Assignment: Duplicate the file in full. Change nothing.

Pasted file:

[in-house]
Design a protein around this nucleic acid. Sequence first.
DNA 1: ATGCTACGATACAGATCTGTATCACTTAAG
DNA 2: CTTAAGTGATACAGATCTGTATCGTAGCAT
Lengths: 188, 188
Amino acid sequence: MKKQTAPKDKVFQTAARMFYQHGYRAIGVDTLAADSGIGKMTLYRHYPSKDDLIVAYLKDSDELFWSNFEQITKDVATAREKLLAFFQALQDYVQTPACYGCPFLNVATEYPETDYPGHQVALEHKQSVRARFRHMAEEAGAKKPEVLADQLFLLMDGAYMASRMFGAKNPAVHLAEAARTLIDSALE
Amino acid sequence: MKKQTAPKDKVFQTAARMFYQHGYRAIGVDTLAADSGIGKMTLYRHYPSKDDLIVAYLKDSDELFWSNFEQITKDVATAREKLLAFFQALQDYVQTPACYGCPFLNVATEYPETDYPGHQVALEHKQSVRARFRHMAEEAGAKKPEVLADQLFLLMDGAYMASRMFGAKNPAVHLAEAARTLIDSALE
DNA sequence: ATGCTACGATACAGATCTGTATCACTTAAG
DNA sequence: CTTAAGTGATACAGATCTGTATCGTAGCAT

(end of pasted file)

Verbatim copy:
[in-house]
Design a protein around this nucleic acid. Sequence first.
DNA 1: ATGCTACGATACAGATCTGTATCACTTAAG
DNA 2: CTTAAGTGATACAGATCTGTATCGTAGCAT
Lengths: 188, 188
Amino acid sequence: MKKQTAPKDKVFQTAARMFYQHGYRAIGVDTLAADSGIGKMTLYRHYPSKDDLIVAYLKDSDELFWSNFEQITKDVATAREKLLAFFQALQDYVQTPACYGCPFLNVATEYPETDYPGHQVALEHKQSVRARFRHMAEEAGAKKPEVLADQLFLLMDGAYMASRMFGAKNPAVHLAEAARTLIDSALE
Amino acid sequence: MKKQTAPKDKVFQTAARMFYQHGYRAIGVDTLAADSGIGKMTLYRHYPSKDDLIVAYLKDSDELFWSNFEQITKDVATAREKLLAFFQALQDYVQTPACYGCPFLNVATEYPETDYPGHQVALEHKQSVRARFRHMAEEAGAKKPEVLADQLFLLMDGAYMASRMFGAKNPAVHLAEAARTLIDSALE
DNA sequence: ATGCTACGATACAGATCTGTATCACTTAAG
DNA sequence: CTTAAGTGATACAGATCTGTATCGTAGCAT